The economic crisis in Greece seems to have blown over and I sincerely hope that the country will have plenty of right reasons to be in news in the coming times. What makes me so optimistic is due to -what else- but Greek wines that bring a lot of promise to wine passionates. I recently experienced some delicious Greek wines in New Delhi that made me wonder why I was not tasting them often. The tasting was held at the Embassy of Greece in New Delhi, with the Ambassador H.E. Ioannis E Raptakis playing keen host.
The wines were from Vaeni – a cooperative from Naoussa region in Macedonia famed for some great red wines made from the indigenous Xinomavro (In Greek, Xino means acid and Mavro means black – implying high acidity and high tannin grapes) varietal. Greek wines are known to be localized to specific regions where all the country’s 15 major grape varietals are not to be found outside their respective regions. For Naoussa, the crowning glory is the Xinomavro grape varietal and it was only befitting that Fountoulis George, President of Vaeni Cooperative arrived himself to conduct the tasting with all passion.
Greek wines – a historical perspective
History has it that Greece is one of the pioneers of winemaking with evidence of vineyards dating back to 2000 B.C. It was the Greeks, who transported wines to most of Europe through the Mediterranean. The country went into oblivion for a very significant period before the modern wine industry took shape post the world wars. The industry firmed up as Greece joined the Eurozone – and this brought investments and modern technology to its shores.
Viticultural regions are found all over Greece – the major winemaking regions in Greece are Northern, Central, Peloponnese and certain islands off its coast. Greece retains several indigenous grape varietals – the major red varietals are Aghiorghitiko, Limnio, Mandelaria and Xinomavro and the whites are Assyrtiko, Malagousia, Savatiano and Robola – and they produce remarkably unique wines.
The Vaeni Cooperative
Vaeni Cooperative was formed in 1983 when 330 vine growers of Naoussa came together with an aim to make better use of their crop and act as a counterbalance for private companies. Mr George informed me that their production philosophy is about keeping pace with the times by adapting new technology while still maintaining the considerations of their heritage. The cooperative today exports 30 per cent of its sales to 27 countries and Mr. George is quite optimistic about India becoming the 28th! They are also socially sensitive by providing direct employment to more than 250 families and indirectly to many more.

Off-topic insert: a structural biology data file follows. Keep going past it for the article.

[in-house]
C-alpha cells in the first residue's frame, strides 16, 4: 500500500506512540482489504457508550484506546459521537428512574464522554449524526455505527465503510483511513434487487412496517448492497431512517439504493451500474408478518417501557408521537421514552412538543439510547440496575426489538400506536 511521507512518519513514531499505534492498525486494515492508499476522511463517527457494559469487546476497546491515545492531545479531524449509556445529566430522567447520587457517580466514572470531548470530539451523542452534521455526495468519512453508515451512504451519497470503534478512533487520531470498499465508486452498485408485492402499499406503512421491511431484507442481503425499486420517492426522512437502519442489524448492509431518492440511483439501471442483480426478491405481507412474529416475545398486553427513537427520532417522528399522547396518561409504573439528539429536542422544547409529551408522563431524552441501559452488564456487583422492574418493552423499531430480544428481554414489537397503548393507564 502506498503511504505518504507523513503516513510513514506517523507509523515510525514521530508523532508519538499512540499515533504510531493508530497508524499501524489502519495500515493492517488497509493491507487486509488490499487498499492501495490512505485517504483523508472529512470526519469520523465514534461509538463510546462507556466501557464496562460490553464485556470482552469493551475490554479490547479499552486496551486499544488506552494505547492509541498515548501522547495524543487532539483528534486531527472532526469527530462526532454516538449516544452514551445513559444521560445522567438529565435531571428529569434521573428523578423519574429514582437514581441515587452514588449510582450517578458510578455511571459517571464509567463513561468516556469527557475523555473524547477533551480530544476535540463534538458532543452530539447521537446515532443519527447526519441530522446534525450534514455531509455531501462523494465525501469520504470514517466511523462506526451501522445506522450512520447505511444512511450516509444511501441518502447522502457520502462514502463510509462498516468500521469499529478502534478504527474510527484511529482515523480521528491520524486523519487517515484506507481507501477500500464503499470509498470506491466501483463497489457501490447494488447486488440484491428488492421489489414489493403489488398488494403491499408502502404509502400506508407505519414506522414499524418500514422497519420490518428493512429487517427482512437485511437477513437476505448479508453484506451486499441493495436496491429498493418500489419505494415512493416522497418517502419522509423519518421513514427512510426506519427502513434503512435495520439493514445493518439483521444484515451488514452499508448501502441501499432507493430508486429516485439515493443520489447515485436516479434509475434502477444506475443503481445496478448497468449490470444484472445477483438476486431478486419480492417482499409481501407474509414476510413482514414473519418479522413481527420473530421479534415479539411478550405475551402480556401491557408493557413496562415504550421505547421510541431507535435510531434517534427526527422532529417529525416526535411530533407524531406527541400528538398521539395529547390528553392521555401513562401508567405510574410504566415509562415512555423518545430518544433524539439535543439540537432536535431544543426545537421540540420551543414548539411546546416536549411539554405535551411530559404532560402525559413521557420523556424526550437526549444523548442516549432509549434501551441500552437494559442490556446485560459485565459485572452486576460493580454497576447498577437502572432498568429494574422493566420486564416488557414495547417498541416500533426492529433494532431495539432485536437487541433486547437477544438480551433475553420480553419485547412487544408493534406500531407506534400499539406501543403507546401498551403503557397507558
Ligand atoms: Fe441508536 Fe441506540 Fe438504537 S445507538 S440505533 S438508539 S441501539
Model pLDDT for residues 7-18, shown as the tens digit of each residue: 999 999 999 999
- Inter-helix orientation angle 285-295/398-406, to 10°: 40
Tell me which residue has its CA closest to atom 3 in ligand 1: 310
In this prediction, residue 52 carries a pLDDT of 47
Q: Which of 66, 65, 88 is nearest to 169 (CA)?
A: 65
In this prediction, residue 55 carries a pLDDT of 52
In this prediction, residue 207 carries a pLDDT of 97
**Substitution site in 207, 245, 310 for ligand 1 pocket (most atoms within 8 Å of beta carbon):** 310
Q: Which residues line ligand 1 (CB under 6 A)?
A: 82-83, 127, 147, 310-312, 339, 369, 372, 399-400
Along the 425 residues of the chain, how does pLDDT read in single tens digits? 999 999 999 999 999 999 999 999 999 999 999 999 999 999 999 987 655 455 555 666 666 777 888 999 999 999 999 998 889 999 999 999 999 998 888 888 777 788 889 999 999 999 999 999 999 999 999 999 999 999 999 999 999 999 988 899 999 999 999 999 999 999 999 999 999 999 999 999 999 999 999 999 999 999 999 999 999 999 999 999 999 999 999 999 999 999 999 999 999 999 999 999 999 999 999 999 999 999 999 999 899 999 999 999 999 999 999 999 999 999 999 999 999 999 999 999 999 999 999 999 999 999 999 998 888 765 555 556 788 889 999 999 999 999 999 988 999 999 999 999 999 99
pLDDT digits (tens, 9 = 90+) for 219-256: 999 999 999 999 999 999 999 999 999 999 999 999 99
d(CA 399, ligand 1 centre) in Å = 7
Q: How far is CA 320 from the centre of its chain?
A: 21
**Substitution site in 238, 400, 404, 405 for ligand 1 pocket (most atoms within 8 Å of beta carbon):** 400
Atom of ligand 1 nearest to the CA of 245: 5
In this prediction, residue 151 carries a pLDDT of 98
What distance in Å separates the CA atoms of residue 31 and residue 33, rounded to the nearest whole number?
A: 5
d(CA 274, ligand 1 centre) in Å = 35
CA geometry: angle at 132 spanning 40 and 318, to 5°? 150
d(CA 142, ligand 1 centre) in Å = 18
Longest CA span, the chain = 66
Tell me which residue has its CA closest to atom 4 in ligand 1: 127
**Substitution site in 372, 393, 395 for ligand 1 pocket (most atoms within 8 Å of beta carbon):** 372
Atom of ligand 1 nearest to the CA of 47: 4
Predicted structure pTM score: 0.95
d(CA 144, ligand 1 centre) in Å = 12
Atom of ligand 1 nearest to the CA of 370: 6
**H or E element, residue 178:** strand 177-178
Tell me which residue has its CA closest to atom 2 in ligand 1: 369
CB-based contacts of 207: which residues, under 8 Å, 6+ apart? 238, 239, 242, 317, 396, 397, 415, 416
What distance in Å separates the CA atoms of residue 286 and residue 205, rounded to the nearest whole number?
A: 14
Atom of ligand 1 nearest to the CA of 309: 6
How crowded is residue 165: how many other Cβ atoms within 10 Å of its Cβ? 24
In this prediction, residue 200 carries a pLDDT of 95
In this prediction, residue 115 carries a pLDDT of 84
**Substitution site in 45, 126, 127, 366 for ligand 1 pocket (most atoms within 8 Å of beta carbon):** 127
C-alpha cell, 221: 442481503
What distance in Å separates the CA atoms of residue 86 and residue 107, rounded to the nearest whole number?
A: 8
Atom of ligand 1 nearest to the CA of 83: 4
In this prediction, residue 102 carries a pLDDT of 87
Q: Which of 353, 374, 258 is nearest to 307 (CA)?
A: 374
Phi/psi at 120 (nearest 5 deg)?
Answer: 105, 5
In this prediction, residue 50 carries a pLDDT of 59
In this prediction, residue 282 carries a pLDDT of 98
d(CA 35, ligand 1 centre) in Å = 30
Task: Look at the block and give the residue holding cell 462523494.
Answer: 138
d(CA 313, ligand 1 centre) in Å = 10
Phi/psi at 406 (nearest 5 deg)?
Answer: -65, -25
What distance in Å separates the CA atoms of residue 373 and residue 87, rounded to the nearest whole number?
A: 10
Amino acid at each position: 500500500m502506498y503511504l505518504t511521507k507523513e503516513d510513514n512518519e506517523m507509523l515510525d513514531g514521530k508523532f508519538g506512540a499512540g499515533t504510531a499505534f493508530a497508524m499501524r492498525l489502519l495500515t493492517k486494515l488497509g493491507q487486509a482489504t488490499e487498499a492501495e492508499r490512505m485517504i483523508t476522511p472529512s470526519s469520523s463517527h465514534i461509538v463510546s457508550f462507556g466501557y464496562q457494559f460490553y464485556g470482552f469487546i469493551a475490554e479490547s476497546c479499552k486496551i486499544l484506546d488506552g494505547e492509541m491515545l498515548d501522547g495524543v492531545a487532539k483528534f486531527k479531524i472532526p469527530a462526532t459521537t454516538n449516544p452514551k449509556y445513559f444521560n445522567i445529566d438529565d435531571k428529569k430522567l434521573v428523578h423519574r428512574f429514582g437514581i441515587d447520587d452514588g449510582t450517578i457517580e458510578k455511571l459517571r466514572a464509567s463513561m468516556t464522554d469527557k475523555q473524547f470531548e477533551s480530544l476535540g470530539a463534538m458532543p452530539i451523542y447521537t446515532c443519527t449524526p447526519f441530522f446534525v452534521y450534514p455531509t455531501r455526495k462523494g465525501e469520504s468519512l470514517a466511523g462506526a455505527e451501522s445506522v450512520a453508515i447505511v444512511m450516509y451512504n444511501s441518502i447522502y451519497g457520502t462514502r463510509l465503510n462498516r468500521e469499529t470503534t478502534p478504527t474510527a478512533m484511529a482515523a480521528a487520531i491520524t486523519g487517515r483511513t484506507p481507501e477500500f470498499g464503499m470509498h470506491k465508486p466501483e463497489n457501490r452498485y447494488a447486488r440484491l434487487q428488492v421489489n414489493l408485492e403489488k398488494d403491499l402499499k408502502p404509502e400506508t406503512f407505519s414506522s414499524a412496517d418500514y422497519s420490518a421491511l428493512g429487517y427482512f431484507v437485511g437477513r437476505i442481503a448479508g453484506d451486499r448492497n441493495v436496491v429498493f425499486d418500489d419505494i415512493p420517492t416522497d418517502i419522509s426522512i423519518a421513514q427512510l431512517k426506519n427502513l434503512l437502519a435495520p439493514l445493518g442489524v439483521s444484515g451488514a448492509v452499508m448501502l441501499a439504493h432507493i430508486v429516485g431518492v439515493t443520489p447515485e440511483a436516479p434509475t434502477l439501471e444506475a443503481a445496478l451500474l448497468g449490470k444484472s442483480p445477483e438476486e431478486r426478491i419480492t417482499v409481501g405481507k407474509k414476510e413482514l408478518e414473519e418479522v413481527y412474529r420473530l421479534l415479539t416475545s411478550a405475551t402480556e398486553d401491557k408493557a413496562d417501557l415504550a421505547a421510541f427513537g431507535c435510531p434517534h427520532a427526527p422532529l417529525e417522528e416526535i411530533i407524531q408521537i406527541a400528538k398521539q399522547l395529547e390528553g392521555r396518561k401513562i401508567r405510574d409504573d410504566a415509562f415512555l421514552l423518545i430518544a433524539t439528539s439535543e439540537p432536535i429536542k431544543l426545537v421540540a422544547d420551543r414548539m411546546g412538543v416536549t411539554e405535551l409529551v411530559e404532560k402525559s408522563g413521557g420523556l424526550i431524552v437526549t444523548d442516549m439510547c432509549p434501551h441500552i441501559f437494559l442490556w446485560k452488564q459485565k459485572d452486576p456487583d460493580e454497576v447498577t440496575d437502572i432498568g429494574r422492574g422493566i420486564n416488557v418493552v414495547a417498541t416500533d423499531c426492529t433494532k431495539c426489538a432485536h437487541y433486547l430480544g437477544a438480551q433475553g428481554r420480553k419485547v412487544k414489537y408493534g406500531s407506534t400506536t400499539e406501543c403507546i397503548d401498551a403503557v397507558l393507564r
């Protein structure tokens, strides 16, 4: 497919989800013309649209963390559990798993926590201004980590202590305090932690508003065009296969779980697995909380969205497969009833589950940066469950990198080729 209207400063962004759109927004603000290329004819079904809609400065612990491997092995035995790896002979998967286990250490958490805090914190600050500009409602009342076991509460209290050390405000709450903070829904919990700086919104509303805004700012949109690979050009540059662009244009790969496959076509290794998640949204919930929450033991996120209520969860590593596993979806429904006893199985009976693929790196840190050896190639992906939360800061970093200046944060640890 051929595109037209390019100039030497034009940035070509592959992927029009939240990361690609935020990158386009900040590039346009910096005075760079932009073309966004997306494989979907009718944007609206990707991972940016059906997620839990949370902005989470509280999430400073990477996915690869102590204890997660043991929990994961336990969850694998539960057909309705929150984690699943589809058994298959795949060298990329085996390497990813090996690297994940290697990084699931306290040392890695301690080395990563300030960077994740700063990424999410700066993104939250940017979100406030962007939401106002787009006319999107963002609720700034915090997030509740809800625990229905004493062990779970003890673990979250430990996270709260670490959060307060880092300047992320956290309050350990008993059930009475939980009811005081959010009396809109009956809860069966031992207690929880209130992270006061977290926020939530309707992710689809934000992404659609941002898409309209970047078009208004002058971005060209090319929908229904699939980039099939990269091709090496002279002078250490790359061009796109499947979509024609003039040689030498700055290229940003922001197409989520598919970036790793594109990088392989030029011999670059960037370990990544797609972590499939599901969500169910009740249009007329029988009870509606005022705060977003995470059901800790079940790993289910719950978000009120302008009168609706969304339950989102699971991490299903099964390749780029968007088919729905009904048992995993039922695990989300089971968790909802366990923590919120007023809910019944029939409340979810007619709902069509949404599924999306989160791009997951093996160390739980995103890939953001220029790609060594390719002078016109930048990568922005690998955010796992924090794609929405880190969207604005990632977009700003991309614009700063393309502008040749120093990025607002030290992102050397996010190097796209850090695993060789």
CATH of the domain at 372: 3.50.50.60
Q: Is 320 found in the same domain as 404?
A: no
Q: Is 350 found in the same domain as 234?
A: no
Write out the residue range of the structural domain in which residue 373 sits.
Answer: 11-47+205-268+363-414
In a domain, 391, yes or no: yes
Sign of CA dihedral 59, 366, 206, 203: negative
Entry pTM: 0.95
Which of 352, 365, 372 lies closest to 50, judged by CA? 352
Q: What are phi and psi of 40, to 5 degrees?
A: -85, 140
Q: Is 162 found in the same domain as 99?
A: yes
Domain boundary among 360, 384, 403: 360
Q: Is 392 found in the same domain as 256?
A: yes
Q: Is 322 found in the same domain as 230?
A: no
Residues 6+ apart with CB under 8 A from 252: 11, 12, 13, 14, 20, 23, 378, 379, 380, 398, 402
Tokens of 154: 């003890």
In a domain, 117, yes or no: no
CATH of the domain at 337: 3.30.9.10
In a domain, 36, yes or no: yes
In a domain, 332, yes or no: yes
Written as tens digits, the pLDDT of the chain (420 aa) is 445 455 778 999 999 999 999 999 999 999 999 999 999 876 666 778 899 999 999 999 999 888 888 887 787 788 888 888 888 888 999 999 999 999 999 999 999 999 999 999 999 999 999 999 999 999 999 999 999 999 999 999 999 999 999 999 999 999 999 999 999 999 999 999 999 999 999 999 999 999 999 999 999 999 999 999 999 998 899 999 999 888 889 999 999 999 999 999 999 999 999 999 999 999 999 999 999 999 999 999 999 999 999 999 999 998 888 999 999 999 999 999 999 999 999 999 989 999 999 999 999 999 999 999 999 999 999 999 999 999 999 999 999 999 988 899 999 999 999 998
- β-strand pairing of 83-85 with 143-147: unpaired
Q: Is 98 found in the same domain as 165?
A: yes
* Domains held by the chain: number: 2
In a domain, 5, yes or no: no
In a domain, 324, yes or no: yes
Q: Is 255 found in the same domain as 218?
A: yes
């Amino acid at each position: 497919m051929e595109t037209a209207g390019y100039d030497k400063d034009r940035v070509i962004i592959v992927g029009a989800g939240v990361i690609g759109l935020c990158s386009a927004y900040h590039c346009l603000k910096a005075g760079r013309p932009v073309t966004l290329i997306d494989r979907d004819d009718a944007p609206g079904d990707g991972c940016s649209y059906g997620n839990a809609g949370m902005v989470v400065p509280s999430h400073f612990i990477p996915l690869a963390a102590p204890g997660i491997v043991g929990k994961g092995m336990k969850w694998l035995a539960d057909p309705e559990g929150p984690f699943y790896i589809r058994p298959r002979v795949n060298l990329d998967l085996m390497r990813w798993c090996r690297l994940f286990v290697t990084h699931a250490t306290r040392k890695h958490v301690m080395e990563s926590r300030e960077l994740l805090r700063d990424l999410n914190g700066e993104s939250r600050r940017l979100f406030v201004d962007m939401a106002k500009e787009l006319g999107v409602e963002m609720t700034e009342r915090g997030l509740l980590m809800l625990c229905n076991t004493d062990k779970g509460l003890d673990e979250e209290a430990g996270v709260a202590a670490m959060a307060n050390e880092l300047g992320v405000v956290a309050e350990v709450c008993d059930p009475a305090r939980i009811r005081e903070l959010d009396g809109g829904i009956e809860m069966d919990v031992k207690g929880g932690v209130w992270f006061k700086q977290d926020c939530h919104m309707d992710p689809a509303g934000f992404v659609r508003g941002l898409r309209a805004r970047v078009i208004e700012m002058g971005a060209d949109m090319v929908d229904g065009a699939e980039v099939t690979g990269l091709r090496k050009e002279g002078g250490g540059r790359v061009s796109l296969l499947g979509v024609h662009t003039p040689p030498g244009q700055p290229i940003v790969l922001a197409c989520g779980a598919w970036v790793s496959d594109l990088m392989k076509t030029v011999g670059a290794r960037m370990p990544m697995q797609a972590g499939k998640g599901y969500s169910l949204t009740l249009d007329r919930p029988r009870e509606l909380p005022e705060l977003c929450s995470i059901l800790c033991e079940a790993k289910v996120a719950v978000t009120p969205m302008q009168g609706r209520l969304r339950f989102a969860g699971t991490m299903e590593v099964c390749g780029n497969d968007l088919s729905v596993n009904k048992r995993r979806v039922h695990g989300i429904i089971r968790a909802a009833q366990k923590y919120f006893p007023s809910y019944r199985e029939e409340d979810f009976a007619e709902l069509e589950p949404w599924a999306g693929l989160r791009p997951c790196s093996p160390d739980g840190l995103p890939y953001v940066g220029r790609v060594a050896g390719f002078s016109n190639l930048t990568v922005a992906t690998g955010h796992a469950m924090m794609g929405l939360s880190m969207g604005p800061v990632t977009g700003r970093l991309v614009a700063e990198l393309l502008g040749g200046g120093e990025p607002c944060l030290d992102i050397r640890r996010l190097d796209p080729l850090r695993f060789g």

The wines being from Naoussa, all of them, whether white or red, were from 100% Xinomavro varietal. One could relate to these wines by drawing parallels with international varietals but their USP lay in their distinct character. One could actually feel that these were high quality wines from a different genre that packed the necessary punch for an altogether different wine experience.
Makedonikos 2014 (white) Alc 11.5%
This wine is made from free run/first press juice and in fermented in stainless steel tanks- hence it was very fresh and aromatic. The nose was reminiscent of white flowers, ripe peaches and pears while the palate was refreshing and delicious. With a residual sugar of 9 g/l the wine’s off-dry disposition was matched well with ample acidity. The wine was a big hit during the tasting.
Naoussa 2010 (Red) Alc 12.5%
A light ruby wine with fresh red fruits nose, most prominently red cherries. Light-medium bodied on the palate with an emphatic yet gentle structure, which came as a pleasant surprise going by the visibly low colour extraction. A wine that is good with savoury food.
Damaskinos 2011 (Red) Alc 13%
Damaskinos means aromas of prunes, that according to the winemaker, gives this wine an unmistakable character. Sure enough, the medium ruby wine had cooked and dry fruit aromas along with a hint of mixed sweet spices such as vanilla and cinnamon. This was supplemented by a luscious palate of red apples, poached pears backed up by a smooth lingering finish.
Naoussa Grande Reserve 2008 (Red) Alc 13%
According to George, just the aromas of this wine could make you discern it’s rich character. Aged for two years in French oak barrels and rested in the bottle for at least two years before release, the wine had an expressive nose of black fruits, vanilla and a little spice. It had a palate coating consistency with pleasant tannins and lots of mixed berries on the palate.
My host, H.E. Ioannis E Raptakis, the Ambassador of Greece in India, informed me that after consistently promoting Greek olive oil and Feta cheese in India, the next step is to create an awareness of Greek wines in the country. The Ambassador expressed lots of optimism about the prospect of Greek wines in India saying that India is one of their focus countries.
For the love of wine, this focus is more than welcome Mr. Ambassador!